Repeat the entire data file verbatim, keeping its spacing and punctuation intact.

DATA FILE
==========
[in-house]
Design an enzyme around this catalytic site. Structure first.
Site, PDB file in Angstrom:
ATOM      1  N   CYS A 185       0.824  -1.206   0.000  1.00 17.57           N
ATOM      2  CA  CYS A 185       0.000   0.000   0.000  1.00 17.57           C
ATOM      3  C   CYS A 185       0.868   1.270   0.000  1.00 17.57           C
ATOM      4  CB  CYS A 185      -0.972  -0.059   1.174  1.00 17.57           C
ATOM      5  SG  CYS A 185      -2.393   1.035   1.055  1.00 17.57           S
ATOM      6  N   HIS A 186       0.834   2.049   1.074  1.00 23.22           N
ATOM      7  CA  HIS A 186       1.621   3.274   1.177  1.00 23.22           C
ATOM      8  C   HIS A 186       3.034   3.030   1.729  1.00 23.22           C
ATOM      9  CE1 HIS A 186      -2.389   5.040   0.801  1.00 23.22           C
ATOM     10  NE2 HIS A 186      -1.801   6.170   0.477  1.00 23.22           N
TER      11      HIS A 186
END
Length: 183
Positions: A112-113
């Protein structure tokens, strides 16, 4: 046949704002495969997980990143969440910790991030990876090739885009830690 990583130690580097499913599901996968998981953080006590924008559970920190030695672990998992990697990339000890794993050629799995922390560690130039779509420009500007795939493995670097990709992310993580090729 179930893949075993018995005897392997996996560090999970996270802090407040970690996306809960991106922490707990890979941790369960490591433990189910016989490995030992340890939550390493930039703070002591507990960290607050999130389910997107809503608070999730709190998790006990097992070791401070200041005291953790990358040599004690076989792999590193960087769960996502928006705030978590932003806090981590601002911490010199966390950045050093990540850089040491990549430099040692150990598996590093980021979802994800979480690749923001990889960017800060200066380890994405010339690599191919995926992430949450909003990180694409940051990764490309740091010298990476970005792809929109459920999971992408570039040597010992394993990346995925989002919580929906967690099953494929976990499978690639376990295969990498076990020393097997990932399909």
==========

[in-house]
Design an enzyme around this catalytic site. Structure first.
Site, PDB file in Angstrom:
ATOM      1  N   CYS A 185       0.824  -1.206   0.000  1.00 17.57           N
ATOM      2  CA  CYS A 185       0.000   0.000   0.000  1.00 17.57           C
ATOM      3  C   CYS A 185       0.868   1.270   0.000  1.00 17.57           C
ATOM      4  CB  CYS A 185      -0.972  -0.059   1.174  1.00 17.57           C
ATOM      5  SG  CYS A 185      -2.393   1.035   1.055  1.00 17.57           S
ATOM      6  N   HIS A 186       0.834   2.049   1.074  1.00 23.22           N
ATOM      7  CA  HIS A 186       1.621   3.274   1.177  1.00 23.22           C
ATOM      8  C   HIS A 186       3.034   3.030   1.729  1.00 23.22           C
ATOM      9  CE1 HIS A 186      -2.389   5.040   0.801  1.00 23.22           C
ATOM     10  NE2 HIS A 186      -1.801   6.170   0.477  1.00 23.22           N
TER      11      HIS A 186
END
Length: 183
Positions: A112-113
């Protein structure tokens, strides 16, 4: 046949704002495969997980990143969440910790991030990876090739885009830690 990583130690580097499913599901996968998981953080006590924008559970920190030695672990998992990697990339000890794993050629799995922390560690130039779509420009500007795939493995670097990709992310993580090729 179930893949075993018995005897392997996996560090999970996270802090407040970690996306809960991106922490707990890979941790369960490591433990189910016989490995030992340890939550390493930039703070002591507990960290607050999130389910997107809503608070999730709190998790006990097992070791401070200041005291953790990358040599004690076989792999590193960087769960996502928006705030978590932003806090981590601002911490010199966390950045050093990540850089040491990549430099040692150990598996590093980021979802994800979480690749923001990889960017800060200066380890994405010339690599191919995926992430949450909003990180694409940051990764490309740091010298990476970005792809929109459920999971992408570039040597010992394993990346995925989002919580929906967690099953494929976990499978690639376990295969990498076990020393097997990932399909």